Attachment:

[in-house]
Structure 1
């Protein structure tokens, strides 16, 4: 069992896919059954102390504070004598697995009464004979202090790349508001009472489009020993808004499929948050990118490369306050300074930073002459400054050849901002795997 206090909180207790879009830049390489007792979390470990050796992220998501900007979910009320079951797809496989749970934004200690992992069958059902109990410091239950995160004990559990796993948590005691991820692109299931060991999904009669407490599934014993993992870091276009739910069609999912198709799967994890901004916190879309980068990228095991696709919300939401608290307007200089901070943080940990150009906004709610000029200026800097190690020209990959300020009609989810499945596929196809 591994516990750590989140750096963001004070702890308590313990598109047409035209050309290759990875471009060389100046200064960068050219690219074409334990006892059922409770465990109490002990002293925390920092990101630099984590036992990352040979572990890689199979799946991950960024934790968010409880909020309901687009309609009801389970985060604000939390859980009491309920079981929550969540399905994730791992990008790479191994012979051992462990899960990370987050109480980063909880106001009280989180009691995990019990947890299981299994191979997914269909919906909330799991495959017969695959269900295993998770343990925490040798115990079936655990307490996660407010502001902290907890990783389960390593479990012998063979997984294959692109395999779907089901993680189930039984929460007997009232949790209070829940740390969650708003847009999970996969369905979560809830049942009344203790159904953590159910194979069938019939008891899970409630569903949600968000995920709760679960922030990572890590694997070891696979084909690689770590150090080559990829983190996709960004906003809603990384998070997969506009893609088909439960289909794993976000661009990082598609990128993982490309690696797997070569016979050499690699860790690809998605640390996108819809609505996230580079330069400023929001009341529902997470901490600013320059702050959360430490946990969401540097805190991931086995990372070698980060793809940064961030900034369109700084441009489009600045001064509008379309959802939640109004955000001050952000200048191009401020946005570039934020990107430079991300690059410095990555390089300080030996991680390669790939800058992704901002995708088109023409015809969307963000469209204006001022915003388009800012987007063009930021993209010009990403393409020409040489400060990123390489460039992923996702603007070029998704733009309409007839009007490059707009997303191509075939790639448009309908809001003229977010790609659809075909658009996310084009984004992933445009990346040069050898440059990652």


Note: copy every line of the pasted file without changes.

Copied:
[in-house]
Structure 1
């Protein structure tokens, strides 16, 4: 069992896919059954102390504070004598697995009464004979202090790349508001009472489009020993808004499929948050990118490369306050300074930073002459400054050849901002795997 206090909180207790879009830049390489007792979390470990050796992220998501900007979910009320079951797809496989749970934004200690992992069958059902109990410091239950995160004990559990796993948590005691991820692109299931060991999904009669407490599934014993993992870091276009739910069609999912198709799967994890901004916190879309980068990228095991696709919300939401608290307007200089901070943080940990150009906004709610000029200026800097190690020209990959300020009609989810499945596929196809 591994516990750590989140750096963001004070702890308590313990598109047409035209050309290759990875471009060389100046200064960068050219690219074409334990006892059922409770465990109490002990002293925390920092990101630099984590036992990352040979572990890689199979799946991950960024934790968010409880909020309901687009309609009801389970985060604000939390859980009491309920079981929550969540399905994730791992990008790479191994012979051992462990899960990370987050109480980063909880106001009280989180009691995990019990947890299981299994191979997914269909919906909330799991495959017969695959269900295993998770343990925490040798115990079936655990307490996660407010502001902290907890990783389960390593479990012998063979997984294959692109395999779907089901993680189930039984929460007997009232949790209070829940740390969650708003847009999970996969369905979560809830049942009344203790159904953590159910194979069938019939008891899970409630569903949600968000995920709760679960922030990572890590694997070891696979084909690689770590150090080559990829983190996709960004906003809603990384998070997969506009893609088909439960289909794993976000661009990082598609990128993982490309690696797997070569016979050499690699860790690809998605640390996108819809609505996230580079330069400023929001009341529902997470901490600013320059702050959360430490946990969401540097805190991931086995990372070698980060793809940064961030900034369109700084441009489009600045001064509008379309959802939640109004955000001050952000200048191009401020946005570039934020990107430079991300690059410095990555390089300080030996991680390669790939800058992704901002995708088109023409015809969307963000469209204006001022915003388009800012987007063009930021993209010009990403393409020409040489400060990123390489460039992923996702603007070029998704733009309409007839009007490059707009997303191509075939790639448009309908809001003229977010790609659809075909658009996310084009984004992933445009990346040069050898440059990652």